Team Events: If you a beginner you may want to start at the amateur team level. You will want to have basic skills the same as an Am angler. At this team level, you will need to be able to find and catch fish. Unlike the Am angler, either you or partner will need a boat and at least some ability to find fish. Many of these amateur events have seminars before the event start to help you become more familiar with the lake you’re competing on. As you progress, you may want to go to the next level, standard teams. These events have no requirement or restrictions, so you may compete against some top anglers.
Pro/Am Pro Level: To date, the only restrictions we know of are to have boat rigged properly and to pay an entry fee that is substantially higher than the amateur. But, at this level, one who doesn’t posses the necessary skills will not finish well. The pro angler needs to have the ability to fish most any bait competently. He needs the skills to find fish on most any body of water any time of year under any weather conditions. Be able to run a boat in most any situation using the big motor or the trolling motor. The pro angler needs to be prepared. Look, act and be the “PRO” to set the example for the amateur.
How Do I Get Into Fishing Tournaments: Many anglers start at the club level then work up from there. Most of the big name pros have been in a bass club at one time or another. Check with your local tackle shop for a bass club in your area. If you don’t want to go the bass club route, Pro/Am events are a great way to start. You will learn in leaps and bounds. You may even draw a big name pro, but don’t be discouraged if you don’t. Please don’t lose sight of the reason you’re fishing as an amateur, and that is to learn.
Do I Need a Boat?: Yes and No, yes if you want to fish as a pro in a Pro/am or fish teams in your own boat, otherwise you can find a partner that has a boat and fish together. If you have never owned a bass boat, it is recommended that you fish a few Pro/am events. You will see how many boats ride, handle and fish. Also, if you’re interested in a boat you can, after the event, ask a pro to take you for a demo ride. Many pros have boat sponsors and are happy to help get you into their manufacture’s boat.
Boat Equipment: Most bass boats come pre rigged with the necessary equipment. But if not, you will at least need to have: A kill switch that attaches to your body so the boat will shut off if you fly out. Running lights and you will have to have a t least one live well that can be filled with water and have an aerator. The boat must be at least 13 feet long with a 25 horsepower engine. (Check the rules for the circuit you wish to compete in)
How Much Does it Cost?: Each event has a different fee. Amateur team events are usually are $75-150 per team, plus options. Standard Teams run form $125-200 and super teams form $150-300. Special events are from $125-250. Regional Pro/Ams are $300-500 for the pro and $150-300 for the Am. National Pro/Am’s are $600-3,250 for the pro and $300-1000 for the Am. Many circuits have option pots for big fish and also other options that pay back in different categories. Option pots often pay back 100% of the money received. The pay backs for other events range from 75% to over 100% depending on the event and sponsor participation. Sponsors will often kick in prizes that increase the payback.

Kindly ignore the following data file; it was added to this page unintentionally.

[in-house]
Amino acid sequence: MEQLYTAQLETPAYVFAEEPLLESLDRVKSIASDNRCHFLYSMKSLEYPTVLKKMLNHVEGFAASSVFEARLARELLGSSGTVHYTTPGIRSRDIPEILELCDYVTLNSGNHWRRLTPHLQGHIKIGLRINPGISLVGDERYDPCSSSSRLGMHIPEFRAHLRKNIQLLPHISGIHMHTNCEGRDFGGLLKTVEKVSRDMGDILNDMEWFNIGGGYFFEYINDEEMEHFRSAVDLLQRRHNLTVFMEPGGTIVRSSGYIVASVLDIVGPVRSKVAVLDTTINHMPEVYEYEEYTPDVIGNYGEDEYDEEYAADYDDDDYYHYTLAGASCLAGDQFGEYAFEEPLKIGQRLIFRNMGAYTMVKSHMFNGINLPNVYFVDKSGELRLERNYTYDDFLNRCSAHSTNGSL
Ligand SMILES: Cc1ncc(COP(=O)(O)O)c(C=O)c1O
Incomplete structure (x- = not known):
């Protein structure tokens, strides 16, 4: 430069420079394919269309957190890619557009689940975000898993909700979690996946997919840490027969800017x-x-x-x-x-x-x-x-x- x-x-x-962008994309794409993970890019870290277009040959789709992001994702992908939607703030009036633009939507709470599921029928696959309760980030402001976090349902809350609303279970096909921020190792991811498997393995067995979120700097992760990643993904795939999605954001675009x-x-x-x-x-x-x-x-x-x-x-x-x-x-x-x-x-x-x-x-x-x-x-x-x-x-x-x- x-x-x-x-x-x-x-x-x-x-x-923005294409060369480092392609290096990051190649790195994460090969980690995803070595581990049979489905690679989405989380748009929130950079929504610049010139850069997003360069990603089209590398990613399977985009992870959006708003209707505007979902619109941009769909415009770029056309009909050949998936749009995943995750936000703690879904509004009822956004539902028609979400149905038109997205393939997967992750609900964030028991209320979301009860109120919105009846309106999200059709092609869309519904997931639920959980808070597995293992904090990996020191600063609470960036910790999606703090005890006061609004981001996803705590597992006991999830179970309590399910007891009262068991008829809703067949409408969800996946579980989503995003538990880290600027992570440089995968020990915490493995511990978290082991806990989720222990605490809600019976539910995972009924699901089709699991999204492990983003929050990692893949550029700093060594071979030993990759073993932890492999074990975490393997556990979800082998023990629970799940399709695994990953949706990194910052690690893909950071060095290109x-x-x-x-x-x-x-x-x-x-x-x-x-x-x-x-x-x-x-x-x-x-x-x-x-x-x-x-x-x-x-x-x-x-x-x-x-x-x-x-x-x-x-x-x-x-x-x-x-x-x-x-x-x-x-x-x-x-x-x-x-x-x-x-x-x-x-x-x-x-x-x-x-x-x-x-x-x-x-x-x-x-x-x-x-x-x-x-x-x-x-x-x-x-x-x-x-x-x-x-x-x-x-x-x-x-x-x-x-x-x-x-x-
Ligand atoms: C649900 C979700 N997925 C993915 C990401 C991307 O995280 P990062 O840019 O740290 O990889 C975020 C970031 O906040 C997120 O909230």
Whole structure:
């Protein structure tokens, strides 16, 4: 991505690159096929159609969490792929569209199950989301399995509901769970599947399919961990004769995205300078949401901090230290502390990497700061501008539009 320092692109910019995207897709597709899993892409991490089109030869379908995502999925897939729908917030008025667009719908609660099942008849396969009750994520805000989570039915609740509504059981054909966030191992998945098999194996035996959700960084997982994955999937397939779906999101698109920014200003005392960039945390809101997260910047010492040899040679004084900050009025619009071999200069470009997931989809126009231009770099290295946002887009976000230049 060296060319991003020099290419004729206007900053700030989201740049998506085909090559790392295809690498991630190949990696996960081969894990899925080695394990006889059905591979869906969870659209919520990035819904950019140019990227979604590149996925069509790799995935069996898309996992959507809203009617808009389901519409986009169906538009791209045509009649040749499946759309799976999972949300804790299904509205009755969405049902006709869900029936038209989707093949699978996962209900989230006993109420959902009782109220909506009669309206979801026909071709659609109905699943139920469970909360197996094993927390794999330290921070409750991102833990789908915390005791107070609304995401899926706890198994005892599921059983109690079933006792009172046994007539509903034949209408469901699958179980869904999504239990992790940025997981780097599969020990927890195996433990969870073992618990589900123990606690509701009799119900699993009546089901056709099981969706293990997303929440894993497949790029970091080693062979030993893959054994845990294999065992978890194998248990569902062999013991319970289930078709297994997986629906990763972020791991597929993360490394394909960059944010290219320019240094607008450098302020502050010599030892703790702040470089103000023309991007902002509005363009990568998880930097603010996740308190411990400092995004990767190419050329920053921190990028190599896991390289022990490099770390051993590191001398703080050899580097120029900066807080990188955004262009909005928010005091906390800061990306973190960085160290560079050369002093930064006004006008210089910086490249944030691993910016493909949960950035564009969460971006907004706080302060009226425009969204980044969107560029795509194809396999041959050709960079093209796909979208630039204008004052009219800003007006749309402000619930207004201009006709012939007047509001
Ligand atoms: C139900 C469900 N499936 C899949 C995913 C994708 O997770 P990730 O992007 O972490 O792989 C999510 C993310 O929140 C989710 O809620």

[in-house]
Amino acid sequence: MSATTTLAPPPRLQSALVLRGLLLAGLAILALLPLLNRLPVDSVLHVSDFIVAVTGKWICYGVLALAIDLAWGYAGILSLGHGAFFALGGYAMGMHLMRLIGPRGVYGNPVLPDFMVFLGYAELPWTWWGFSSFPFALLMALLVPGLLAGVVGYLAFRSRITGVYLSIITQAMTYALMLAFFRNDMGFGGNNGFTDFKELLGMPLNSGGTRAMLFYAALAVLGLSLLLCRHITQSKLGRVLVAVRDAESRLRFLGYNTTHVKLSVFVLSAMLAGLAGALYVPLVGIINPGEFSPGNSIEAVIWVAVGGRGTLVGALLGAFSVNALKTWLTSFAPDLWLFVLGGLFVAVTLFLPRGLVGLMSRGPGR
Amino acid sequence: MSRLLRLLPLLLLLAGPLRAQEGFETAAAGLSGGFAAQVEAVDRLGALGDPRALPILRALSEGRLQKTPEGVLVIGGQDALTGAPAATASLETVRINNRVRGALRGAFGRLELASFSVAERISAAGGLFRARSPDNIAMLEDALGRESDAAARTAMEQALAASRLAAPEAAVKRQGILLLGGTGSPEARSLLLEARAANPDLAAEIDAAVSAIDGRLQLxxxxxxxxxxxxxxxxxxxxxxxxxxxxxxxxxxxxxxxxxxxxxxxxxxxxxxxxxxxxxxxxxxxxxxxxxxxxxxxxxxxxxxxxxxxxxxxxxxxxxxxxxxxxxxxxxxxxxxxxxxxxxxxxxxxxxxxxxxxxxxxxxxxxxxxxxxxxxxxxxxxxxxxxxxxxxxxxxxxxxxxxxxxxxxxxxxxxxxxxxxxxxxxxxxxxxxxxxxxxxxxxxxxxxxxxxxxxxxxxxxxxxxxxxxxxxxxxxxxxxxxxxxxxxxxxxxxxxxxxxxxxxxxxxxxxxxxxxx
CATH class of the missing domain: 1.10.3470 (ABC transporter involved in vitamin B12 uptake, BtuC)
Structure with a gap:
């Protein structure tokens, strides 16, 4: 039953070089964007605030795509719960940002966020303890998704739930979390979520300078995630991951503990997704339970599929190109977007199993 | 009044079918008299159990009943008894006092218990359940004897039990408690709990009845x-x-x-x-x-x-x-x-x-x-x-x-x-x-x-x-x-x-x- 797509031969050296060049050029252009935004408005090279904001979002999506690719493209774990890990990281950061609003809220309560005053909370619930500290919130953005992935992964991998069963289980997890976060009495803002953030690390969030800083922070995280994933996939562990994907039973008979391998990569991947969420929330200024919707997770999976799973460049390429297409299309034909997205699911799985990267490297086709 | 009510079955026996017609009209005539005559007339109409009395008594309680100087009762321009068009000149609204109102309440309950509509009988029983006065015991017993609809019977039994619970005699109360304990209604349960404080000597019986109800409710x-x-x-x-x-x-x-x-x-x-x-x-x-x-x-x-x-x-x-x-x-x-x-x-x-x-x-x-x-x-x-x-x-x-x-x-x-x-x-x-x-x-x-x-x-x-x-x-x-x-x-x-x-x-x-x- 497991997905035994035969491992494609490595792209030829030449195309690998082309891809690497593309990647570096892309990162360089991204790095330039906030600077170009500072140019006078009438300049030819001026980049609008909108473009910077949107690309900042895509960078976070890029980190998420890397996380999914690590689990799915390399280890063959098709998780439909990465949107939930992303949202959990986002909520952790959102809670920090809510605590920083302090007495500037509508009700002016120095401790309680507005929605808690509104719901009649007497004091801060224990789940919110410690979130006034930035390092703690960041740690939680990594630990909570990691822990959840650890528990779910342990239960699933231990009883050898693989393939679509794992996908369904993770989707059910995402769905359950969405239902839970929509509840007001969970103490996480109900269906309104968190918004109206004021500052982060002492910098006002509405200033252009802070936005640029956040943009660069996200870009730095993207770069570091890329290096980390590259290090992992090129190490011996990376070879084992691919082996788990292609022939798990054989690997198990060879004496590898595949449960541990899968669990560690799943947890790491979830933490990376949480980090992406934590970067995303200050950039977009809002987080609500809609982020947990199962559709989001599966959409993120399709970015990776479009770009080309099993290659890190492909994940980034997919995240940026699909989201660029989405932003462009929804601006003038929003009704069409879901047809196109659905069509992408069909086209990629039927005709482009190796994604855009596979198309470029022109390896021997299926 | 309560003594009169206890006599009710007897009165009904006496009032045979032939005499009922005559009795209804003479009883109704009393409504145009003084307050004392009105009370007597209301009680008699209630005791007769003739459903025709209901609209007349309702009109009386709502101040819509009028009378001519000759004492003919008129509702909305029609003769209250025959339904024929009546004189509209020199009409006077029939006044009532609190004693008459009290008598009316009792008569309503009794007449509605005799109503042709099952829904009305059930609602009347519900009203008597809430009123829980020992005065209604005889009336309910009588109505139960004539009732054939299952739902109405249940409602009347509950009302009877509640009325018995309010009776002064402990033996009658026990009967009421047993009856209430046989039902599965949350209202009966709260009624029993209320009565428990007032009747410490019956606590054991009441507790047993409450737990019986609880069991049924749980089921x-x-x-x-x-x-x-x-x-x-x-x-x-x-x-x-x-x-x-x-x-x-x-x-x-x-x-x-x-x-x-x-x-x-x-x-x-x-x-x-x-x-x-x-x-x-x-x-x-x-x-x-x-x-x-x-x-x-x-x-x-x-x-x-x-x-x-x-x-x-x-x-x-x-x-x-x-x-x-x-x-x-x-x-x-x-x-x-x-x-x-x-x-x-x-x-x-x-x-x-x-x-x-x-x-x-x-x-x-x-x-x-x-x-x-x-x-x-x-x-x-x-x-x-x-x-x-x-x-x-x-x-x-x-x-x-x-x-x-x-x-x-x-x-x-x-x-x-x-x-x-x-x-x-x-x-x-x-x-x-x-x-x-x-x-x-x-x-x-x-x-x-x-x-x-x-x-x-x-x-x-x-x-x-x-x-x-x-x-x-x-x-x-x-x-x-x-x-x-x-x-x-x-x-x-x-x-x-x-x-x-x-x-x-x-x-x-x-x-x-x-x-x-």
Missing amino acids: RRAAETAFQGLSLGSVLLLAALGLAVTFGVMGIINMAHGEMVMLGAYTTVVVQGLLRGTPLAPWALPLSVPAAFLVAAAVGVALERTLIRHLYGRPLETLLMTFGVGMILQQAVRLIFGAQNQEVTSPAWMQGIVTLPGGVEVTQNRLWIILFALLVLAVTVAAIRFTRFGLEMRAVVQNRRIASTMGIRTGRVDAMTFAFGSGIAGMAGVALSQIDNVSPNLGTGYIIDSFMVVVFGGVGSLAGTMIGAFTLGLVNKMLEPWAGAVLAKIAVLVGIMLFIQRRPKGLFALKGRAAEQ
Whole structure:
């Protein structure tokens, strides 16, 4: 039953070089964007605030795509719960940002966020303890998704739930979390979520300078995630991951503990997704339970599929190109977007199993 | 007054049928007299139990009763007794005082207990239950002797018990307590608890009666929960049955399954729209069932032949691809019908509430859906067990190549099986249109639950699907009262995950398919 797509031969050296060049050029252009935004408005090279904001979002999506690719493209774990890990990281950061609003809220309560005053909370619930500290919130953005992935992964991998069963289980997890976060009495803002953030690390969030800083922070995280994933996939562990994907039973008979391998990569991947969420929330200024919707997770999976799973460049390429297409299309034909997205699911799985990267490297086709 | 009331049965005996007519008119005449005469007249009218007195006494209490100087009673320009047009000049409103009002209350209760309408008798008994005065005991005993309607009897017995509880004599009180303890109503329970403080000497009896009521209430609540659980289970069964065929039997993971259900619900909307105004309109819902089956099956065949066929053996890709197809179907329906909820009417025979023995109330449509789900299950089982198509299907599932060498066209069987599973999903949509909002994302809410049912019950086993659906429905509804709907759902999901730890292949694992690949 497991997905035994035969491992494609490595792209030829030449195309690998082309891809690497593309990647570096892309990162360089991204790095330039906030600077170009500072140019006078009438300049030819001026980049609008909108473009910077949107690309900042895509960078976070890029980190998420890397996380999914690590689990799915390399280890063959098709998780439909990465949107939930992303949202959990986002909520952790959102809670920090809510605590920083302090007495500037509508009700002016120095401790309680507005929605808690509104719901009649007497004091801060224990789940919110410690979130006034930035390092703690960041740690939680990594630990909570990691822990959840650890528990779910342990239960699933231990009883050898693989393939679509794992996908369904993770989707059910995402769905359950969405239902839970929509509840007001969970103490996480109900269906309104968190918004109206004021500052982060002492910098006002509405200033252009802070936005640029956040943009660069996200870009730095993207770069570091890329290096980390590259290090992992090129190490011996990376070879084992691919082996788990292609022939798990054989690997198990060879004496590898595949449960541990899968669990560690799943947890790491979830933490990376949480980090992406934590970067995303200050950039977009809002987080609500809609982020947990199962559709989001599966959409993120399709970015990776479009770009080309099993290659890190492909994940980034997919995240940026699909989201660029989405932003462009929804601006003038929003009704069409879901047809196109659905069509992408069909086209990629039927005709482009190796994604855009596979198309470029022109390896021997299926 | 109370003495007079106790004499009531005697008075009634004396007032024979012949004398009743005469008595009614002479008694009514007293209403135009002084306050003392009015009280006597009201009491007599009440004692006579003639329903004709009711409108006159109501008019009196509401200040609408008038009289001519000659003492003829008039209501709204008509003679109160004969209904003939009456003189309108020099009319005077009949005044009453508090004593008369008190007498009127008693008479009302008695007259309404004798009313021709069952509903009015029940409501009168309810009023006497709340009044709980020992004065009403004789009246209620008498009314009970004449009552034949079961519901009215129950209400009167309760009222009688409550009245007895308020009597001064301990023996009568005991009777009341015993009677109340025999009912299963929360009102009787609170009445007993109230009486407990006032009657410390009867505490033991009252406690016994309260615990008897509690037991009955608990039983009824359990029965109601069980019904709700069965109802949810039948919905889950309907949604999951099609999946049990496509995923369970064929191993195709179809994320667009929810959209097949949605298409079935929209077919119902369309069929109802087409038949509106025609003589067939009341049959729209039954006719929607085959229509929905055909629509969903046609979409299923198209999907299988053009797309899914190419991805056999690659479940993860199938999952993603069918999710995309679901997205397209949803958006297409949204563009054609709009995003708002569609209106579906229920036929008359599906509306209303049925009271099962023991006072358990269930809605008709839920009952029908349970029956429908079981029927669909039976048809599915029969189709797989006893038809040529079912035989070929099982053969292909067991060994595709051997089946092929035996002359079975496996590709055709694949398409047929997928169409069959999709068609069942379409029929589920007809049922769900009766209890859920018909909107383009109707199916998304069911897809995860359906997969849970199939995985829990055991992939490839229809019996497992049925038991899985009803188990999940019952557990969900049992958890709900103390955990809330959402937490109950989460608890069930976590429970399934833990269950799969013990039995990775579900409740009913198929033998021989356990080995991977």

How Much Can I Win? Every event has a prize for the winner and each event is different. Most team events are a cash payback of near 80% of the entry fee going to 20% of the field. I.E. If there were 100 boats in the event at $100 each, this would total $10,000. At an 80% payback, it would be $8,000 paid out to the top 20% or in this case, the top 20 finishers. The remaining 20% of the entry fee is used to pay expenses and a portion usually goes toward the end of the year championship. This is only an example since each circuit pays back different percentages. Pro/Ams many times will have bigger prizes for the top finisher; the top prize in a Pro even can be $30, 40, 50 or even over $100,000. Pro events are often more than 100% payback, including prizes given by circuit sponsors (i.e. new boat and motor). For the Am side, it is usually a cash prize paid out, for both sides the payout is usually to the top 20% to 30% of the field. Options are another way to increase how much you can win, options usually payback 100% of the money received. There is usually a big fish option that pays to the angler with the biggest bass. Another common option pays the top 5 anglers in the option pot. Other circuits have some pretty creative options, check with the circuit that you want to fish.
What Kind of Equipment Do I Need? At least 3 rods and reels are recommended, spinning or bait casting reels, whichever you are most comfortable with. Pros usually carry 10-20 rods and reels pre-rigged. For the back seater (Am) five rods would allow you to keep a good assortment of baits rigged without too much clutter. Many circuits will limit an amateur to seven or fewer rods. You should also have a good array of tackle. One tackle bag is recommended. Don’t bring so much stuff, you are fumbling around. The local tackle dealers are always glad to help; you can also ask a pro to give you suggestions. Other personal items you will need 2 hats (they get lost easily), life jacket, rain gear, adequate clothing, sunscreen, water, snacks or an easy to eat lunch. An often forgotten item is a culling system; at least bring enough colored clips to identify your fish and a current fishing license issued from the state you are competing in.
Since writing this article I see things that can be added and I will make some modification as time goes on.
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Hello! My name is Mark Lassagne (luh-SAYN). I live in Dixon, California and proudly served our great nation as a US Marine. As a competitor, I love tournament bass fishing and have had some outstanding success competing up and down the West Coast. Besides tournament fishing, I own and run Bass Angler Magazine – a nationwide publication focusing on the how-to aspects of bass fishing. Follow Mark on Facebook or Instagram